Parallels in the sheer volume of writing might be made between Liddy and George Moore, and they could continue – the exile and the autobiographer; the myth-maker of the houses inhabited, from the Doctor’s House to the Snake Pit to the Slovak Bowling Alley; both presenting themselves as one of the first of the “new Irish”; both documenting, as Liddy writes in The Doctor’s House, a life “rotten with literature and art”. Recently, Liddy has stated that Moore gave to Ireland something that was hugely important to modern Irish writing: an imagination that was Catholic, European, and French. To Irish writing, as testified to in Honeysuckle, Honeyjuice, James Liddy contributes an imagination – especially through his collaboration with the late Michael Hartnett – that is Catholic, libertine, and Beat.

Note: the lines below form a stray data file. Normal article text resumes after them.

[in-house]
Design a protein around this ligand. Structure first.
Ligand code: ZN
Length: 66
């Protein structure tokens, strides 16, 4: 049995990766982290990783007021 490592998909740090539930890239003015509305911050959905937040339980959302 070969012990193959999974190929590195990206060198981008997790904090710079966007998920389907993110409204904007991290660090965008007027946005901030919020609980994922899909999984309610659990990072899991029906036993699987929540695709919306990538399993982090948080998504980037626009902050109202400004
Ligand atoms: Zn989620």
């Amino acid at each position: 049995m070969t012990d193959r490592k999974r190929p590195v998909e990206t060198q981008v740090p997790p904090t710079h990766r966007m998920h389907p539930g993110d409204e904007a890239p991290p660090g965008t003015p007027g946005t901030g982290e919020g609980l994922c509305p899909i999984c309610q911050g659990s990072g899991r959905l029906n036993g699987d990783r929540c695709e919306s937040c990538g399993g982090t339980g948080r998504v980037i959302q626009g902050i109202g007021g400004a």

The staying power of that imagination is one of the truly powerful literary achievements. When so many of the current generation lapse into a parody of self-promotion prior to their second MFA classroom award, Liddy has persevered in his writing, editing, and teaching career on his own terms across 60 hugely productive years. From the “hegemonic critical bent”, as a conferee might like to say, Liddy would seem to have it all – out in an Ireland that was repressively Catholic; flirtatiously Blueshirt in Dev’s Ireland; an outsider’s outsider from one side and a highbrow’s highbrow from another. Yet, there’s that “other side”. The side that actually likes that big, loud, dumb bully across the water; that writes sympathetically about, of all things, Slovak Bowling Alleys.